navigate @ newsstand
latest news & archive
articles & interviews
magazine rack
rewind 2001 2000
tv schedule

articles & interviews

FEATURE-Director Figgis' "Time Code" breaks rules

By Bob Tourtellotte

LOS ANGELES (Reuters) - British director Mike Figgis has done it all -- big-budget movies, indie films, critical flops and Oscar-nominated "Leaving Las Vegas" -- but his new movie, "Time Code," is his boldest yet: four versions of one story shown at one time on one screen.

"Time Code" portrays a day in the life of people at a Los Angeles film production company, but it is not the plot that is making it a must-see event for film fans since it opened a few weeks ago in a handful of cities around the country.

What makes the movie unique is that it was produced using inexpensive digital cameras, shot in one long take and unfolds on a screen divided into four cells so audiences see "Time Code" from four perspectives at once.

"From 'Leaving Las Vegas' onward, I've kind of been pulling away, making small films -- fairly experimental -- and trying things out," Figgis said in a recent interview. "I'm really interested in how far I can push the envelope."

At its most basic "Time Code" tells a good story and, because of that, it has garnered generally positive reviews. But on a deeper level the movie offers a glimpse at how a veteran filmmaker builds a movie using story development, character interaction and the timing of events.

For low-budget moviemakers, it offers hope that they can use the new, relatively cheap digital cameras and make a film without having to raise millions of dollars. And it shows there is more than one way to make a movie.


"Time Code" is an often satirical and sometimes serious look at the inside story behind Hollywood filmmaking. Swedish actor Stellan Skarsgard portrays the producing genius behind several blockbusters who has not had a hit in years.

He is addicted to booze and drugs and is cheating on his wife. In the film, he and his staff must decide whether to develop an idea by a red hot rock star who does not have the faintest idea how to make a movie.

An aspiring actress (Salma Hayek) heads to his office to confront him about an acting job, while his wife (Saffron Burrows) ponders life without him. A series of earthquakes add to the anxiety running through the office and a Beverly Hills socialite (Jeanne Tripplehorne) has her own agenda that could shatter the executive's world.

In a traditional movie, the audiences would see the plot unfold scene-by-scene on one large screen. But in "Time Code" they see and hear the story develop in one quarter-section of the screen, and at the same time watch characters react, think, plot and scheme in each of three others.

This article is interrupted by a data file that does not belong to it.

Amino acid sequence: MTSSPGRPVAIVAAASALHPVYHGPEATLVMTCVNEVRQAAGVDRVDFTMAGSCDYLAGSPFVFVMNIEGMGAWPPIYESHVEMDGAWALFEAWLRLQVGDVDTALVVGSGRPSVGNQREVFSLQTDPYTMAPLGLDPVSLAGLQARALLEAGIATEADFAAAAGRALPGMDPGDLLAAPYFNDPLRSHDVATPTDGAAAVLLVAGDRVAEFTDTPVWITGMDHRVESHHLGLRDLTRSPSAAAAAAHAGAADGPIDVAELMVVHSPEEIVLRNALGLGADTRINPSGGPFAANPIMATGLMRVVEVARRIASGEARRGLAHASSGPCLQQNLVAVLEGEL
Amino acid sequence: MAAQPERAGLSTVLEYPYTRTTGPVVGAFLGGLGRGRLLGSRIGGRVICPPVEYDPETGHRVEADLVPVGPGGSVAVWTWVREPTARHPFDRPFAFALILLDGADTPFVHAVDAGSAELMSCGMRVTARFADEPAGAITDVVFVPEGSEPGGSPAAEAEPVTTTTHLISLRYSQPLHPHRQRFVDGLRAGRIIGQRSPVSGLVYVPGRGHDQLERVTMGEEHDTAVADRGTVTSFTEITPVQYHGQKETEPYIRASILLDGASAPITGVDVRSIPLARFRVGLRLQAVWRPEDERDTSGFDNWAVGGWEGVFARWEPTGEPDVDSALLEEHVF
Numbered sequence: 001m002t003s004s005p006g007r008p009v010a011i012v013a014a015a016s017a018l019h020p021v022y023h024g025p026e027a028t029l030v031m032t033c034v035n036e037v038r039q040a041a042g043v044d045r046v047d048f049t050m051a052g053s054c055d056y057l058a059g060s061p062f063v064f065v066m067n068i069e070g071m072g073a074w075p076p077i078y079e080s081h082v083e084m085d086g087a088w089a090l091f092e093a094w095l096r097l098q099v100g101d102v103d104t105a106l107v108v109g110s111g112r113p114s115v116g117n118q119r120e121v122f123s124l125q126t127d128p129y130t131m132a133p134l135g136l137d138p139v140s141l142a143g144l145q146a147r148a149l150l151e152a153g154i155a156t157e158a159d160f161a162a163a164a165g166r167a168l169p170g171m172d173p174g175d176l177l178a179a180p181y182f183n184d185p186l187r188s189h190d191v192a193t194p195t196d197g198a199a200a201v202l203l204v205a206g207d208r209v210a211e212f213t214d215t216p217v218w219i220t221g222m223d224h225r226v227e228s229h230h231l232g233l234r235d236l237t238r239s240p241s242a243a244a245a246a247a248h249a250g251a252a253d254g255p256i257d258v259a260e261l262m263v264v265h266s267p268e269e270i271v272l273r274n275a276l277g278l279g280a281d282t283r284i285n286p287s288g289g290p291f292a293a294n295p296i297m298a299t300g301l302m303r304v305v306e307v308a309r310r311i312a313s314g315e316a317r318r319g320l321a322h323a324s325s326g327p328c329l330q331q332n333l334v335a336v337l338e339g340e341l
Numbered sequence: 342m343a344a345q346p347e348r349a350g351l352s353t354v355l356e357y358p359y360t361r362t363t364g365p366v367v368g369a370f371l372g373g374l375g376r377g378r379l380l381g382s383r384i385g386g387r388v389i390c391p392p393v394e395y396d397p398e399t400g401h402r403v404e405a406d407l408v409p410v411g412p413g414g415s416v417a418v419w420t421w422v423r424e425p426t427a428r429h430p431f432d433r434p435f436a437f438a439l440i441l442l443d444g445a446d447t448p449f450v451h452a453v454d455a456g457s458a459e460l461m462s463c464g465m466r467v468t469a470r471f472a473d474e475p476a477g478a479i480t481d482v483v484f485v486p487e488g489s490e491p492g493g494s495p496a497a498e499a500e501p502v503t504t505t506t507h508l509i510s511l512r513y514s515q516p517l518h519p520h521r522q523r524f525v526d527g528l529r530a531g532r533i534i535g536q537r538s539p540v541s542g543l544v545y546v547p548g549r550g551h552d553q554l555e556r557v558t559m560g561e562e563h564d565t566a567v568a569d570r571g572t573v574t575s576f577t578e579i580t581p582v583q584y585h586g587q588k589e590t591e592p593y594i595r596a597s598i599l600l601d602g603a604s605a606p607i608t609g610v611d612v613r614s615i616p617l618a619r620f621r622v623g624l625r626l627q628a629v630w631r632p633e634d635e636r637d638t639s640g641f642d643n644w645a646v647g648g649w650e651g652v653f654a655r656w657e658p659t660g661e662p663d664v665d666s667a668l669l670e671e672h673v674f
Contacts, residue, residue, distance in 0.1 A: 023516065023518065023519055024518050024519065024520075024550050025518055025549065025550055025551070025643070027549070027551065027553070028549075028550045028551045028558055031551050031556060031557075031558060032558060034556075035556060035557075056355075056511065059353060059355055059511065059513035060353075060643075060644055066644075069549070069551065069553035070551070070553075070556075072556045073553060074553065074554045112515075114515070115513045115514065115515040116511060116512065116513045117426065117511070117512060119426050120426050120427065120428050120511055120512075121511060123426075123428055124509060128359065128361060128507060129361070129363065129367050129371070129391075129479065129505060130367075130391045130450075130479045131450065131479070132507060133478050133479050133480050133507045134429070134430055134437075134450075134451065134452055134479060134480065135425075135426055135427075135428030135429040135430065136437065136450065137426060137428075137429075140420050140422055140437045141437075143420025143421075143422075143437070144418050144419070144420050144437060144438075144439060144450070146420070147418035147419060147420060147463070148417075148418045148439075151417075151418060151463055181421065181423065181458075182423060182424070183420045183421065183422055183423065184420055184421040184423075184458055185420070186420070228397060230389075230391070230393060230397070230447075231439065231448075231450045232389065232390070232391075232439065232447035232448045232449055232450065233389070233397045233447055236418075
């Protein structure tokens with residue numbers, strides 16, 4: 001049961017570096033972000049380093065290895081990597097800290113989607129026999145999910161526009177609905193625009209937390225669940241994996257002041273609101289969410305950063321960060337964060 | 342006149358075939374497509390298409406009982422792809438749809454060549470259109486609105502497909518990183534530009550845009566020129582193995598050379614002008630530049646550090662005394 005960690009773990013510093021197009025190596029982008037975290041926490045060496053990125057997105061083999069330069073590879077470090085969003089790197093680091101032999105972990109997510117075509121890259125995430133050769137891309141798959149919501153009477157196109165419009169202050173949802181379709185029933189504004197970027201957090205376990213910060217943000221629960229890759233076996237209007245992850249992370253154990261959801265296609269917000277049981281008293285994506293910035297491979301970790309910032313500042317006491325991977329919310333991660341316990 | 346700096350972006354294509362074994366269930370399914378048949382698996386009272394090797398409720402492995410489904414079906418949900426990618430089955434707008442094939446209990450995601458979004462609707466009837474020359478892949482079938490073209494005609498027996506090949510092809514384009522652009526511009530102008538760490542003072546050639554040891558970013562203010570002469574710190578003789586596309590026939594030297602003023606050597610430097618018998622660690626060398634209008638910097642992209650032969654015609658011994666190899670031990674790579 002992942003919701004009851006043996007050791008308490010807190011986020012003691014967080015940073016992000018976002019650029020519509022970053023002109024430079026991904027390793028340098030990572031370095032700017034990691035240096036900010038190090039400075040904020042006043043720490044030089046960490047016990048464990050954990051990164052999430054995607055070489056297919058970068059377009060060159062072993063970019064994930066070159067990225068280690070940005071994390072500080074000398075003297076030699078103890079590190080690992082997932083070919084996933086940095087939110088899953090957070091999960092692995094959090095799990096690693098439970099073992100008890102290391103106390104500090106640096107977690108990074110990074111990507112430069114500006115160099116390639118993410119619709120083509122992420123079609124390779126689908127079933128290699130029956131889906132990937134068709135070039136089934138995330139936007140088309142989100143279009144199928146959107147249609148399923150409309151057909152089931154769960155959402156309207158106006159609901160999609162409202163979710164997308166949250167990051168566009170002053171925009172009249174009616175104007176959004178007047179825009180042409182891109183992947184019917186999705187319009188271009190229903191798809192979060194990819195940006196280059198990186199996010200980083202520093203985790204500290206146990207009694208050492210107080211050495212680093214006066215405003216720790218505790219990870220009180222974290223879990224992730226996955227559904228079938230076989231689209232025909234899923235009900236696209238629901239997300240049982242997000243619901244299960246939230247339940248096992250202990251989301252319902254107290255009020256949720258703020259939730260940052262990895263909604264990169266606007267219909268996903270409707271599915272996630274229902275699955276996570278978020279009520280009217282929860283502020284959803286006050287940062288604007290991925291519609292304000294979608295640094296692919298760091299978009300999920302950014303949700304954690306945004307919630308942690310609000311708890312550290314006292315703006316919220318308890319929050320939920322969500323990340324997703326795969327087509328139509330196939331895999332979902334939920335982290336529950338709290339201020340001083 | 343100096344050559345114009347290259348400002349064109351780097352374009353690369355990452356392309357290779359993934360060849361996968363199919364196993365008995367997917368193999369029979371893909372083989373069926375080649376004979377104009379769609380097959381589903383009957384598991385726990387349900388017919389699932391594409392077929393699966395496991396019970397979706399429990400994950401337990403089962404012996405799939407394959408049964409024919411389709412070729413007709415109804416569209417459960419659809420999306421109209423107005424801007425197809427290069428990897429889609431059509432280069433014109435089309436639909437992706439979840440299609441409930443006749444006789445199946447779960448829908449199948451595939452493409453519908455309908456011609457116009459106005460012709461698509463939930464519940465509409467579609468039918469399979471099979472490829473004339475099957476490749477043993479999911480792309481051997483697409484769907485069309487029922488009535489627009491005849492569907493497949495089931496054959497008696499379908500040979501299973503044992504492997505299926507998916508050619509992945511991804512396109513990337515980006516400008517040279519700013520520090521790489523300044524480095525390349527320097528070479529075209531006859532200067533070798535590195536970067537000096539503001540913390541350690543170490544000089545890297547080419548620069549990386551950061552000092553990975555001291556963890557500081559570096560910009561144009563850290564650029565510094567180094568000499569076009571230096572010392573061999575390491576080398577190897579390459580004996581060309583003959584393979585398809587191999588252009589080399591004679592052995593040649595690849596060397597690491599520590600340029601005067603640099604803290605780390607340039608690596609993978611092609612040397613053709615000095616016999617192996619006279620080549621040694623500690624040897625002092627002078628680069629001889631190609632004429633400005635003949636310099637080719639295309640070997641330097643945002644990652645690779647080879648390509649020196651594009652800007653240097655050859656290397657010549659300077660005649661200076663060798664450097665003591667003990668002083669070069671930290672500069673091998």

Sometimes the action in two or three cells intersects so that audiences can watch the same event from two or three different points-of-view. The dialogue moves from one section to the others so that all 27 actors can be heard.

Audiences can follow the plot and see how characters who are not on screen behave throughout the story, a standard thought process for screenwriters.

"People have said they are pleased with themselves that after 10 minutes of confusion they are suddenly, completely comfortable with the structure and the technique, and they say, 'Well, this is much easier than I thought,"' Figgis said.


To put it together, he did not so much write a script as outline a series of events occurring at specific times, using pieces of sheet music to chart the events. He cooked up a story with detailed plot points and invited the cast, including Oscar winner Holly Hunter, Julian Sands and Laurie Metcalf, to work out the dialogue.

"I said: 'You are going to be on this camera in this room at minute 22. At minute 30 there is an earthquake, so wherever your character is they have to be in an earthquake ... you can say whatever you like, as long as it adds up to this."'

Over a period of about two weeks, using four different camera and sound crews -- one for each cell onscreen -- he shot the movie 15 times from start to finish. Each time a slightly different story emerged. Audiences see the 15th version.

"In some ways it was very much like doing a piece of theater. As you rehearsed you absorbed the moments when you had to be exact and the moments when you could be more free," said Sands, whose credits include other Figgis films.

But Figgis preferred to think of the production as more of a work in progress that was perfected as actors and filmmakers ironed kinks from the story. He still looks at "Time Code" as a dynamic story that can be told differently each time it is shown. At the Los Angeles premiere and in some previews, he adjusted the audio mix during screenings, changing the film depending on which character's dialogue he raised or lowered.

In a way, he was like a conductor leading an orchestra, he said. "It's amazing, just amazing. The film is still a very organic, living thing that is open for negotiation. That's unbelievable."

He credits the process to the low cost of making movies with digital cameras, computers and software that can be bought off retail shelves for as little as $10,000. A typical movie camera alone can cost hundreds of thousands of dollars.

"Time Code" cost about $3.5 million, he said, but it uses expensive talent and editing facilities needed to produce the caliber of film theaters require before they will play it.

If he had had his way, Figgis said, he would have shot the film in one day, in one take, in London, where he could have made it for about $30,000. He said he was so enthusiastic about the collaboration and the freedom the process allowed him that he will continue to use it, with two cells, three or four.

"The whole idea has aroused issues and there are some things that could be refined," he said. "I now have an audience who knows they are going to see a Mike Figgis film and I'll try and give them something new. I'll try and push it a bit more."